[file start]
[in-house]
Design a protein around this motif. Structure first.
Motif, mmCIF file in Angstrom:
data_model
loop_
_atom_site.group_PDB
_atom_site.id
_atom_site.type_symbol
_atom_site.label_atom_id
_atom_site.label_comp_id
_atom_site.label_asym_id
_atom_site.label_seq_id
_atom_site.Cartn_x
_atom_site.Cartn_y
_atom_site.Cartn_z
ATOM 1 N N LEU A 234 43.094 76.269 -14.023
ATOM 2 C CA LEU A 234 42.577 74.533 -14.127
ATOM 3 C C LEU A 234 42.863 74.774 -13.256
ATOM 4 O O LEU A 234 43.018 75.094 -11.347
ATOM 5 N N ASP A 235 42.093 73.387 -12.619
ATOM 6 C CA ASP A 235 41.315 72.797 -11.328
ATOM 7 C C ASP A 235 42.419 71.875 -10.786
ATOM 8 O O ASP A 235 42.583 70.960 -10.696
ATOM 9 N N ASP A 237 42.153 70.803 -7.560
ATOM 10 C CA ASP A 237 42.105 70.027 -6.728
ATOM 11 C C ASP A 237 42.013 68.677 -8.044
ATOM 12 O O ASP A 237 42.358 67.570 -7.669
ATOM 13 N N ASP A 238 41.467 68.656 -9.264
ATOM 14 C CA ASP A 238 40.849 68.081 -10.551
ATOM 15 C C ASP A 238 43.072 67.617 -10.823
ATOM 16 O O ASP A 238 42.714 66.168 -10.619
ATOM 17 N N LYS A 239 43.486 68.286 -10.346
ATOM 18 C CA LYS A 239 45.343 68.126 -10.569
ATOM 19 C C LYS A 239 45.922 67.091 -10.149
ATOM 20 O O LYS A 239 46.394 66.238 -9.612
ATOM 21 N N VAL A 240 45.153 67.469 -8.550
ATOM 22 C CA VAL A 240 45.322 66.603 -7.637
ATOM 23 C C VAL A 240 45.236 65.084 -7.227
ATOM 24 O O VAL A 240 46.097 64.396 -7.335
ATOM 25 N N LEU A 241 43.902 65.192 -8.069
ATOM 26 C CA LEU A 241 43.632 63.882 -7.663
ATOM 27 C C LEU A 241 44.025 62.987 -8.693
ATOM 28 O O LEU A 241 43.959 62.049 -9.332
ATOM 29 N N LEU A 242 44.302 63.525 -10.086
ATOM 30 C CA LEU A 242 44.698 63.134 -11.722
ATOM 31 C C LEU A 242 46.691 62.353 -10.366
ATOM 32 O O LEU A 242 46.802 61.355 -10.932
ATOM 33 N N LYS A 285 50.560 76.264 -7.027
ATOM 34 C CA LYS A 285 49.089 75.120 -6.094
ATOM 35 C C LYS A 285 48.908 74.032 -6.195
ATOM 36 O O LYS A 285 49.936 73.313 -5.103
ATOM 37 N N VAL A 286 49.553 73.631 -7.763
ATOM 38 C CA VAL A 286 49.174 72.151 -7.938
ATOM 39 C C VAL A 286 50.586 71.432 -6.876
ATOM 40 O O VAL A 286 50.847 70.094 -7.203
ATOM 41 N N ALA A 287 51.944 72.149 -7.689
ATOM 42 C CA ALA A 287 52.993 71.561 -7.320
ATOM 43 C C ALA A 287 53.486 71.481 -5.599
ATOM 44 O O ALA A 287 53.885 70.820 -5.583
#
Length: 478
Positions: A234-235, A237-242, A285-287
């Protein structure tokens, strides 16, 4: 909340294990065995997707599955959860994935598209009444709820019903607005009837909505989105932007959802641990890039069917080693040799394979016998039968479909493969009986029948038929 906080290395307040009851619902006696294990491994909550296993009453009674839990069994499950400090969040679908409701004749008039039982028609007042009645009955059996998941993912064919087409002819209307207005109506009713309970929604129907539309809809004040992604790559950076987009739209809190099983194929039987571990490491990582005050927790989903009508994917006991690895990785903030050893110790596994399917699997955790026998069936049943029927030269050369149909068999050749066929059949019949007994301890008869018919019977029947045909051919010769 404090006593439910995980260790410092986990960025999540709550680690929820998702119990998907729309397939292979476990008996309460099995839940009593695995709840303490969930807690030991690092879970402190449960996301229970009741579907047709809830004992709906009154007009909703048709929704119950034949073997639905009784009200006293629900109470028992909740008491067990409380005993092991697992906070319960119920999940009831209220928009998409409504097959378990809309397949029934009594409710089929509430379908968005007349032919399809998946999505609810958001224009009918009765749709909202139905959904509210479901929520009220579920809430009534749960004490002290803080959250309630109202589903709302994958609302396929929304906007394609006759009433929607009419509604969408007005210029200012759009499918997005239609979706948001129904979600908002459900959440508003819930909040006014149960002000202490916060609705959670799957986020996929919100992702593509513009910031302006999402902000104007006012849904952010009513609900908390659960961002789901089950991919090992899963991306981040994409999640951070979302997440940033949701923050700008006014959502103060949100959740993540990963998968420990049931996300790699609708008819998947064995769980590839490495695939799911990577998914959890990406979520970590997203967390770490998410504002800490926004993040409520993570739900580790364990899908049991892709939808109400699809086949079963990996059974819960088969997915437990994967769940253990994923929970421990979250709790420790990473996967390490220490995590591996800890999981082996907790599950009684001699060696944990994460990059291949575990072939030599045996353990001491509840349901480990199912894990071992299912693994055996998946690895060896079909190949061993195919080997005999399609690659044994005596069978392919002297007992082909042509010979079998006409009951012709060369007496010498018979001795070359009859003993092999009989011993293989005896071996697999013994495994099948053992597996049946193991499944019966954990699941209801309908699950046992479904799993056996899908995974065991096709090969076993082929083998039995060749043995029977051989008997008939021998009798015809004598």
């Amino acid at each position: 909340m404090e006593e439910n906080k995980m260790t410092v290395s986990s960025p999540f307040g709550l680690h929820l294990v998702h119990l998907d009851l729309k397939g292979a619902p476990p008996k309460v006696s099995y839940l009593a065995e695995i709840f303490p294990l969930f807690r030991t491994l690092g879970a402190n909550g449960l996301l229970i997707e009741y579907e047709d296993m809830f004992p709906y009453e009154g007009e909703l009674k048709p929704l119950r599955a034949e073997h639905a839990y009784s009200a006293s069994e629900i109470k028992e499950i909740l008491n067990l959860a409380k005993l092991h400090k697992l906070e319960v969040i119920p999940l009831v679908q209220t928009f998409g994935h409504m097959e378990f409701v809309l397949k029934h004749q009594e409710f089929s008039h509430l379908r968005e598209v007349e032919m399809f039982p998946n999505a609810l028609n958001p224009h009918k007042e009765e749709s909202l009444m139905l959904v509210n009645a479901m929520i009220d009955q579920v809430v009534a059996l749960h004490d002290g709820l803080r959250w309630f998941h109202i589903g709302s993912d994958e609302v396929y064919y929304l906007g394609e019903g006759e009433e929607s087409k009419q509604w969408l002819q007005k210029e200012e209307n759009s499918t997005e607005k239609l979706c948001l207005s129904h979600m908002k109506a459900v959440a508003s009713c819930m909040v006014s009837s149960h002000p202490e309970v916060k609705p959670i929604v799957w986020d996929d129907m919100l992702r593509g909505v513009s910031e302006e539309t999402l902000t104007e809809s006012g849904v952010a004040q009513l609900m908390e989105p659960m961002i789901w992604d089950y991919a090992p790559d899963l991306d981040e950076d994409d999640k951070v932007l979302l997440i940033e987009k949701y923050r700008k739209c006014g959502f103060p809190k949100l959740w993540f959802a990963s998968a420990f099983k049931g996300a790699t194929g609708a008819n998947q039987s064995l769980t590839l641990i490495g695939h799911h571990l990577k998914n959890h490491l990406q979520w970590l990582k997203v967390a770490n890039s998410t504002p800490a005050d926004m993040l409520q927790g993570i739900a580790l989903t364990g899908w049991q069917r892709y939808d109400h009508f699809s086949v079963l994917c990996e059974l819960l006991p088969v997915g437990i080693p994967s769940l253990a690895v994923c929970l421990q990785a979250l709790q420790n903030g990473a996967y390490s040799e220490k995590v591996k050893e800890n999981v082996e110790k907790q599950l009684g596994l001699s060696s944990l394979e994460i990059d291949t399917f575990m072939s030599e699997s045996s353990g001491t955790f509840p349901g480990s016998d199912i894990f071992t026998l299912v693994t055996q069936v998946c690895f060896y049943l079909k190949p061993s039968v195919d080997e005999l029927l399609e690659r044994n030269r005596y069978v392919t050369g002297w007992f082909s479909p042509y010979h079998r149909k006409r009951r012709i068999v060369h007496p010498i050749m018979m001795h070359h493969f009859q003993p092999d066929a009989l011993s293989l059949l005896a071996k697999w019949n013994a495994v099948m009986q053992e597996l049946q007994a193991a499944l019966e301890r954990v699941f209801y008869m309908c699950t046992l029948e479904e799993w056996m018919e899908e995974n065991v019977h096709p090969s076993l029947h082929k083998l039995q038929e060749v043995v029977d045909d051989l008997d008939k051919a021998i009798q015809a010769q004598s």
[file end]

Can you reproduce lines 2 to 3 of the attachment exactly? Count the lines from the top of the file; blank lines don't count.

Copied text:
Design a protein around this motif. Structure first.
Motif, mmCIF file in Angstrom: